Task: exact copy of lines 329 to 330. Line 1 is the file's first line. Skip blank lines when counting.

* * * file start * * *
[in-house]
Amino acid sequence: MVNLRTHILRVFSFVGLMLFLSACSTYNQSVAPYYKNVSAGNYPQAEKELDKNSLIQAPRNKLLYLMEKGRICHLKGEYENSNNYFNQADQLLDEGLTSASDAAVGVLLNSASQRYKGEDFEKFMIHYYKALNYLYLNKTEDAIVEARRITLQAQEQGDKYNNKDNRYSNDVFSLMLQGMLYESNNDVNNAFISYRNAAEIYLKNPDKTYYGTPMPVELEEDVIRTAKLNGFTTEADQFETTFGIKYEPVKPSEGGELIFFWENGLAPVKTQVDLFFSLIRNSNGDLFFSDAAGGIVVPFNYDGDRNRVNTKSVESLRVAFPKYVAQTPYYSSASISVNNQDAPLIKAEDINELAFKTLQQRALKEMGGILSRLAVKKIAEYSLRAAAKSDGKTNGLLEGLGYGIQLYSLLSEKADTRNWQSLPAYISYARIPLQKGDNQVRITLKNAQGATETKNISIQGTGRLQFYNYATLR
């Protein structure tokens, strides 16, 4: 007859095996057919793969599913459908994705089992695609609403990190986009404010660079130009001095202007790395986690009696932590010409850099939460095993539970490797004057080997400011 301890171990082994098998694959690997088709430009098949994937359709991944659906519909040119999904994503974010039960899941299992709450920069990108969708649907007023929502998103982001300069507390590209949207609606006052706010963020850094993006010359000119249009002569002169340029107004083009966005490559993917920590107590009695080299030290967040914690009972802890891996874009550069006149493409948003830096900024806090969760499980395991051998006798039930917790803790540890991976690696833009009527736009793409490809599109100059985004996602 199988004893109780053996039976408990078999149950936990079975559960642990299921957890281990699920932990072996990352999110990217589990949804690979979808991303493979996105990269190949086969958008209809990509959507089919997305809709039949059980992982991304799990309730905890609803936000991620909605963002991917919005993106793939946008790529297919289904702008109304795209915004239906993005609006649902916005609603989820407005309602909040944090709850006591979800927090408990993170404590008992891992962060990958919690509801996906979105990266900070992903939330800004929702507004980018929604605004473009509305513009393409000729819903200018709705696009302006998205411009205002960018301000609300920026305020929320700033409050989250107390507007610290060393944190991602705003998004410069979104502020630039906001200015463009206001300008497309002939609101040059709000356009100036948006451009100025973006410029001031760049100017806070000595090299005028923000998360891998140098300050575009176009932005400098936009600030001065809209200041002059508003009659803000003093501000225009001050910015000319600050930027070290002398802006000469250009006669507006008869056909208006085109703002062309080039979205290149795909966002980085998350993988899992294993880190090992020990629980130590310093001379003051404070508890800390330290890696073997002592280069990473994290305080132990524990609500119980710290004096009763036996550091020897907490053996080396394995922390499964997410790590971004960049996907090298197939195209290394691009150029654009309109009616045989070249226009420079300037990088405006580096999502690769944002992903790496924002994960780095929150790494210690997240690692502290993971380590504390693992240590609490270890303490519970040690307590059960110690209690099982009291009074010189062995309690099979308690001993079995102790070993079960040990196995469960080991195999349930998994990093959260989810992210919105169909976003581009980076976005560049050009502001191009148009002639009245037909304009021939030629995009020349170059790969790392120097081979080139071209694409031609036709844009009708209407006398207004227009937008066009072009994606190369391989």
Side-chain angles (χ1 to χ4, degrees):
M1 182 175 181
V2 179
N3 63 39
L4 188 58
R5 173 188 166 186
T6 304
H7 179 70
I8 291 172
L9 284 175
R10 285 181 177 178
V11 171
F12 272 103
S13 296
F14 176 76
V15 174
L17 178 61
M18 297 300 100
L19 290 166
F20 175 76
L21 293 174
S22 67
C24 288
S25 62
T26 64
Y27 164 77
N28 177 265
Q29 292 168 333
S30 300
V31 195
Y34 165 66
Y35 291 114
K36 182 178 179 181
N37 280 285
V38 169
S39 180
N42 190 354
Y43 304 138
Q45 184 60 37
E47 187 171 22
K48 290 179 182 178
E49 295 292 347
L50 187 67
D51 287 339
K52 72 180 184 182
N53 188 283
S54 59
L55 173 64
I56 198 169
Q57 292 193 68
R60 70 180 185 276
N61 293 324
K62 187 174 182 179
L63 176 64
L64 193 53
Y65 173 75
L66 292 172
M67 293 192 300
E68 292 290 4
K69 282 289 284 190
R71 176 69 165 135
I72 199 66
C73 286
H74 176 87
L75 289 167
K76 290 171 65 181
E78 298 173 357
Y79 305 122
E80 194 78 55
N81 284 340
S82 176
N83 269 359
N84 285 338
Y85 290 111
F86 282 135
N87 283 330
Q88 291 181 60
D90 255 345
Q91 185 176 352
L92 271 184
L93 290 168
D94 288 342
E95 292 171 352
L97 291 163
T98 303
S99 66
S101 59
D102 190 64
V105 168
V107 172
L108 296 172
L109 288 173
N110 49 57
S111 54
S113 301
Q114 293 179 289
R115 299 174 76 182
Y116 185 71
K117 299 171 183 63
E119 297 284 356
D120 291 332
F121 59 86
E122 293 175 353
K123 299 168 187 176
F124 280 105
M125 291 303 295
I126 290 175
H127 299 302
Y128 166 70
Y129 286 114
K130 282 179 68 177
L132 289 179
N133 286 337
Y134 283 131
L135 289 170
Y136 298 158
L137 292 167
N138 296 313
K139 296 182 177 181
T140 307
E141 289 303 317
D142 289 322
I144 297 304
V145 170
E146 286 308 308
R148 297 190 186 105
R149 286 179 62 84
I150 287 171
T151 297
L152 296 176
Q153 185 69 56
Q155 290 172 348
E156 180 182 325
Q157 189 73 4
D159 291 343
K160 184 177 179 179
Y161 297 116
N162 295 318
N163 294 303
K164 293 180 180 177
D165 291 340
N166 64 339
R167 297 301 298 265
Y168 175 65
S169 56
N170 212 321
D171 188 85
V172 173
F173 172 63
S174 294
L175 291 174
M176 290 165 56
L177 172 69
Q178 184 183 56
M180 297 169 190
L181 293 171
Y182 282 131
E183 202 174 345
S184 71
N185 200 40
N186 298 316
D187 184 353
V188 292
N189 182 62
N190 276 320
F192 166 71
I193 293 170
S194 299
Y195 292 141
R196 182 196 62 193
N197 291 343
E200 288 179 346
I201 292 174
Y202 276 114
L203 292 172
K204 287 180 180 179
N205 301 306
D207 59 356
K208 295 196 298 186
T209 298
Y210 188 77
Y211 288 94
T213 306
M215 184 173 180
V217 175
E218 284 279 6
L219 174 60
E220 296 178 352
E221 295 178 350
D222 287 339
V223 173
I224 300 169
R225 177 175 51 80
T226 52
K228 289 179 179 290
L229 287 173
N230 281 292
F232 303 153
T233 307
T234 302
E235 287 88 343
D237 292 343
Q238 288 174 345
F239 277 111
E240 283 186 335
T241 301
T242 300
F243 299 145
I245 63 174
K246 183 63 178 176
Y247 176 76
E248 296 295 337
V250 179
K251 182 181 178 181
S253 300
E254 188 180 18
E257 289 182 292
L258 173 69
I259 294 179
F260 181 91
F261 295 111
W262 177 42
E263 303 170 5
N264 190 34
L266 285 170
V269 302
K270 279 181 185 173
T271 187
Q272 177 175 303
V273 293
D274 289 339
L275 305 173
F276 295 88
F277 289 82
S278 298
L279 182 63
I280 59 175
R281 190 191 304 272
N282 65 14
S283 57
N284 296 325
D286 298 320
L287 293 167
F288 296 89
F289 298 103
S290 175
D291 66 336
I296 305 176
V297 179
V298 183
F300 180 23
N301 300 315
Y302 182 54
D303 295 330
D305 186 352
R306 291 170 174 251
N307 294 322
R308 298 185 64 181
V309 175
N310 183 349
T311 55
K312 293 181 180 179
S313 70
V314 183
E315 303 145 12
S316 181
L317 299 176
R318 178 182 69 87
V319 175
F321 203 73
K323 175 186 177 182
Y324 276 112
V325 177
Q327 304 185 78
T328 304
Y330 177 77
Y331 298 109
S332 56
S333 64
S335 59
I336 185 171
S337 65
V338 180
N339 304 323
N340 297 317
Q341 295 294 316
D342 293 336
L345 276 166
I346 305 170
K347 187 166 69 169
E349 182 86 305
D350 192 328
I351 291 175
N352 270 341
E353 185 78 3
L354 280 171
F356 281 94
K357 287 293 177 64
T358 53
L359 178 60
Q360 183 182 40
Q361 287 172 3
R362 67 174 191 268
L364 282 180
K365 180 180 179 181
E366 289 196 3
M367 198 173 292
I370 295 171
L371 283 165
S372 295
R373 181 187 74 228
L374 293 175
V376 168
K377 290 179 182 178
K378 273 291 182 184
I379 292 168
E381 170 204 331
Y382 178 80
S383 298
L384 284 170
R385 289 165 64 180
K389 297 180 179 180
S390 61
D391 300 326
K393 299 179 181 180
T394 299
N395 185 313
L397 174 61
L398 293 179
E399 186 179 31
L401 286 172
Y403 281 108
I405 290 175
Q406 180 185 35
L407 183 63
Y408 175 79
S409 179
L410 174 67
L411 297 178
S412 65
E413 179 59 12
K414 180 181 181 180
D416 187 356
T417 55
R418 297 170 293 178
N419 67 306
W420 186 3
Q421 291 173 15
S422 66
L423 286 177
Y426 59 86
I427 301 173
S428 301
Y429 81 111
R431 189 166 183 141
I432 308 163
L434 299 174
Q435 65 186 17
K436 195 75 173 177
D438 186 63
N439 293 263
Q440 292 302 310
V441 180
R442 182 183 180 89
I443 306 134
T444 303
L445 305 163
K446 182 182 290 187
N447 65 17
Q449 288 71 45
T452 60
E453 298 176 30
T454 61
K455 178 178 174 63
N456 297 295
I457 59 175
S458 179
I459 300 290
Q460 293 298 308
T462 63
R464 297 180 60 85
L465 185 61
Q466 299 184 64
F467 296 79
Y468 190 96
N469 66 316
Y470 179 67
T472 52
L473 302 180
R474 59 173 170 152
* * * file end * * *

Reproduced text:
T394 299
N395 185 313